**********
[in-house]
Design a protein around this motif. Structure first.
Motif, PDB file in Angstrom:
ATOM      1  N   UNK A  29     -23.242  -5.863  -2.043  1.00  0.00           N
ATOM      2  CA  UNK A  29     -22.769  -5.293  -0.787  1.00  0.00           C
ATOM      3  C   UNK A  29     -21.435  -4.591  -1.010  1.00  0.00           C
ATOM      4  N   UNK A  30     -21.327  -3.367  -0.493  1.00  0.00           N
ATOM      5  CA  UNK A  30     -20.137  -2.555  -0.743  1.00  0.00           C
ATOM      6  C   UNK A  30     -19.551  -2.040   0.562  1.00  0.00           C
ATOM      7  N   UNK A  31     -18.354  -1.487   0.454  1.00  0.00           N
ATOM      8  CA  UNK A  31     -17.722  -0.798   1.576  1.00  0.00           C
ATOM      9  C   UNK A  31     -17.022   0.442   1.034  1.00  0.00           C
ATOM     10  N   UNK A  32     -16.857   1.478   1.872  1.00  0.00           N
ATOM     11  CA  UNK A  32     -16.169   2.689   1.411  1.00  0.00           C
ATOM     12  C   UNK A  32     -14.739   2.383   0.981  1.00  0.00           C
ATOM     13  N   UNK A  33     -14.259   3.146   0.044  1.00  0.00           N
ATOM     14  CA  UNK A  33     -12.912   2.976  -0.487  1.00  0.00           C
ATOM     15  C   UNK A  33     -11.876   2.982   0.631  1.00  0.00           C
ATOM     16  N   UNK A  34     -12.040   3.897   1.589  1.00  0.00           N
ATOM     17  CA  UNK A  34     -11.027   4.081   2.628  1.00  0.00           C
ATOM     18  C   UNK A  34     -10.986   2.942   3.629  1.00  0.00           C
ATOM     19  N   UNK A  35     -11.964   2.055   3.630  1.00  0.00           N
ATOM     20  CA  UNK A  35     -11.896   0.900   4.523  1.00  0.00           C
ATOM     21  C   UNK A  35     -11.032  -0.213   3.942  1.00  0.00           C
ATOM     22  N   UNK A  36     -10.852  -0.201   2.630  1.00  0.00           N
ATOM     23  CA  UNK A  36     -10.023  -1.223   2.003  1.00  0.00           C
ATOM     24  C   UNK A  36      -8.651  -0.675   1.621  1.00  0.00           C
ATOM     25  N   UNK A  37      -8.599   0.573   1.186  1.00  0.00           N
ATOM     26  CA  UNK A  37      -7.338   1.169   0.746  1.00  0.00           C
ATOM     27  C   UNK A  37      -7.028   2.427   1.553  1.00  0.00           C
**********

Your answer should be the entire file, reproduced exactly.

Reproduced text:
[in-house]
Design a protein around this motif. Structure first.
Motif, PDB file in Angstrom:
ATOM      1  N   UNK A  29     -23.242  -5.863  -2.043  1.00  0.00           N
ATOM      2  CA  UNK A  29     -22.769  -5.293  -0.787  1.00  0.00           C
ATOM      3  C   UNK A  29     -21.435  -4.591  -1.010  1.00  0.00           C
ATOM      4  N   UNK A  30     -21.327  -3.367  -0.493  1.00  0.00           N
ATOM      5  CA  UNK A  30     -20.137  -2.555  -0.743  1.00  0.00           C
ATOM      6  C   UNK A  30     -19.551  -2.040   0.562  1.00  0.00           C
ATOM      7  N   UNK A  31     -18.354  -1.487   0.454  1.00  0.00           N
ATOM      8  CA  UNK A  31     -17.722  -0.798   1.576  1.00  0.00           C
ATOM      9  C   UNK A  31     -17.022   0.442   1.034  1.00  0.00           C
ATOM     10  N   UNK A  32     -16.857   1.478   1.872  1.00  0.00           N
ATOM     11  CA  UNK A  32     -16.169   2.689   1.411  1.00  0.00           C
ATOM     12  C   UNK A  32     -14.739   2.383   0.981  1.00  0.00           C
ATOM     13  N   UNK A  33     -14.259   3.146   0.044  1.00  0.00           N
ATOM     14  CA  UNK A  33     -12.912   2.976  -0.487  1.00  0.00           C
ATOM     15  C   UNK A  33     -11.876   2.982   0.631  1.00  0.00           C
ATOM     16  N   UNK A  34     -12.040   3.897   1.589  1.00  0.00           N
ATOM     17  CA  UNK A  34     -11.027   4.081   2.628  1.00  0.00           C
ATOM     18  C   UNK A  34     -10.986   2.942   3.629  1.00  0.00           C
ATOM     19  N   UNK A  35     -11.964   2.055   3.630  1.00  0.00           N
ATOM     20  CA  UNK A  35     -11.896   0.900   4.523  1.00  0.00           C
ATOM     21  C   UNK A  35     -11.032  -0.213   3.942  1.00  0.00           C
ATOM     22  N   UNK A  36     -10.852  -0.201   2.630  1.00  0.00           N
ATOM     23  CA  UNK A  36     -10.023  -1.223   2.003  1.00  0.00           C
ATOM     24  C   UNK A  36      -8.651  -0.675   1.621  1.00  0.00           C
ATOM     25  N   UNK A  37      -8.599   0.573   1.186  1.00  0.00           N
ATOM     26  CA  UNK A  37      -7.338   1.169   0.746  1.00  0.00           C
ATOM     27  C   UNK A  37      -7.028   2.427   1.553  1.00  0.00           C